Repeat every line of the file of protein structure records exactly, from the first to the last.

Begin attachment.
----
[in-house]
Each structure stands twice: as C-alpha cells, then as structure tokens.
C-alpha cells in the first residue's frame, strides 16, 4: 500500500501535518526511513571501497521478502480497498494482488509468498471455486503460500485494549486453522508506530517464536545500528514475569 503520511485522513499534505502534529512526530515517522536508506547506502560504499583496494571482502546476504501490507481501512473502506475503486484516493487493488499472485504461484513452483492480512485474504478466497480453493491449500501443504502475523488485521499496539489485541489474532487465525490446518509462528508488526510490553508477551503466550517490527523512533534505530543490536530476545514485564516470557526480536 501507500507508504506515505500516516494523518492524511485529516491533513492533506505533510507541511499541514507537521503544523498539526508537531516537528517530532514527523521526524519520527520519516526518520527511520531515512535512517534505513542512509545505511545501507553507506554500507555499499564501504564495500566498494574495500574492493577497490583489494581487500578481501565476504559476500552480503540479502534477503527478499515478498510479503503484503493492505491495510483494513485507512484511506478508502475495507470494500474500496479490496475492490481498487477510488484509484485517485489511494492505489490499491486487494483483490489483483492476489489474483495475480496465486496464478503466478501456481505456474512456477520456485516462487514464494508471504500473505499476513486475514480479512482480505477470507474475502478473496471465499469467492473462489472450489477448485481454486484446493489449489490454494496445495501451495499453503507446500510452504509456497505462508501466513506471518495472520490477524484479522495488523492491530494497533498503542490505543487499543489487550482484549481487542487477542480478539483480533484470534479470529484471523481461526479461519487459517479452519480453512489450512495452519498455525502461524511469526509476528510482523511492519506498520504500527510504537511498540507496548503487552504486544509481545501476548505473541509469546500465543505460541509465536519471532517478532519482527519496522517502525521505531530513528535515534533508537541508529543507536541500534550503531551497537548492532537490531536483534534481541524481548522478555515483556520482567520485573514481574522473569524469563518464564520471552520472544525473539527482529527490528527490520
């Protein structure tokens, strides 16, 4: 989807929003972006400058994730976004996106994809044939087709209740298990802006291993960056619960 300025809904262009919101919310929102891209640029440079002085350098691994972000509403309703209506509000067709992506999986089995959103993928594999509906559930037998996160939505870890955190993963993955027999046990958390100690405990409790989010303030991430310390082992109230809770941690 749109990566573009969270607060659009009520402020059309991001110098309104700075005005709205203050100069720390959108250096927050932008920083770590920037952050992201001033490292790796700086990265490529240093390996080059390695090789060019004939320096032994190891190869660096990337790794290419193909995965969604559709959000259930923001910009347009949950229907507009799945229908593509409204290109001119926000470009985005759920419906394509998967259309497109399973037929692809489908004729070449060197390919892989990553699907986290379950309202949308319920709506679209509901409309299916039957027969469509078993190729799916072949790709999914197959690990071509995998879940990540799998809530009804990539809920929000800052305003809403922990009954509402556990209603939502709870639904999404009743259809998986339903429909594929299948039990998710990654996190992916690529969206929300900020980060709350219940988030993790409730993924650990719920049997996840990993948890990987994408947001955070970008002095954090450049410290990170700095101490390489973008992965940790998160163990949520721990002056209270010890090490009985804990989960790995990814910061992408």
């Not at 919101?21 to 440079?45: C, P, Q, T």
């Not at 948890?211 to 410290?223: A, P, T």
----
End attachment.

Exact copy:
[in-house]
Each structure stands twice: as C-alpha cells, then as structure tokens.
C-alpha cells in the first residue's frame, strides 16, 4: 500500500501535518526511513571501497521478502480497498494482488509468498471455486503460500485494549486453522508506530517464536545500528514475569 503520511485522513499534505502534529512526530515517522536508506547506502560504499583496494571482502546476504501490507481501512473502506475503486484516493487493488499472485504461484513452483492480512485474504478466497480453493491449500501443504502475523488485521499496539489485541489474532487465525490446518509462528508488526510490553508477551503466550517490527523512533534505530543490536530476545514485564516470557526480536 501507500507508504506515505500516516494523518492524511485529516491533513492533506505533510507541511499541514507537521503544523498539526508537531516537528517530532514527523521526524519520527520519516526518520527511520531515512535512517534505513542512509545505511545501507553507506554500507555499499564501504564495500566498494574495500574492493577497490583489494581487500578481501565476504559476500552480503540479502534477503527478499515478498510479503503484503493492505491495510483494513485507512484511506478508502475495507470494500474500496479490496475492490481498487477510488484509484485517485489511494492505489490499491486487494483483490489483483492476489489474483495475480496465486496464478503466478501456481505456474512456477520456485516462487514464494508471504500473505499476513486475514480479512482480505477470507474475502478473496471465499469467492473462489472450489477448485481454486484446493489449489490454494496445495501451495499453503507446500510452504509456497505462508501466513506471518495472520490477524484479522495488523492491530494497533498503542490505543487499543489487550482484549481487542487477542480478539483480533484470534479470529484471523481461526479461519487459517479452519480453512489450512495452519498455525502461524511469526509476528510482523511492519506498520504500527510504537511498540507496548503487552504486544509481545501476548505473541509469546500465543505460541509465536519471532517478532519482527519496522517502525521505531530513528535515534533508537541508529543507536541500534550503531551497537548492532537490531536483534534481541524481548522478555515483556520482567520485573514481574522473569524469563518464564520471552520472544525473539527482529527490528527490520
């Protein structure tokens, strides 16, 4: 989807929003972006400058994730976004996106994809044939087709209740298990802006291993960056619960 300025809904262009919101919310929102891209640029440079002085350098691994972000509403309703209506509000067709992506999986089995959103993928594999509906559930037998996160939505870890955190993963993955027999046990958390100690405990409790989010303030991430310390082992109230809770941690 749109990566573009969270607060659009009520402020059309991001110098309104700075005005709205203050100069720390959108250096927050932008920083770590920037952050992201001033490292790796700086990265490529240093390996080059390695090789060019004939320096032994190891190869660096990337790794290419193909995965969604559709959000259930923001910009347009949950229907507009799945229908593509409204290109001119926000470009985005759920419906394509998967259309497109399973037929692809489908004729070449060197390919892989990553699907986290379950309202949308319920709506679209509901409309299916039957027969469509078993190729799916072949790709999914197959690990071509995998879940990540799998809530009804990539809920929000800052305003809403922990009954509402556990209603939502709870639904999404009743259809998986339903429909594929299948039990998710990654996190992916690529969206929300900020980060709350219940988030993790409730993924650990719920049997996840990993948890990987994408947001955070970008002095954090450049410290990170700095101490390489973008992965940790998160163990949520721990002056209270010890090490009985804990989960790995990814910061992408």
């Not at 919101?21 to 440079?45: C, P, Q, T």
């Not at 948890?211 to 410290?223: A, P, T």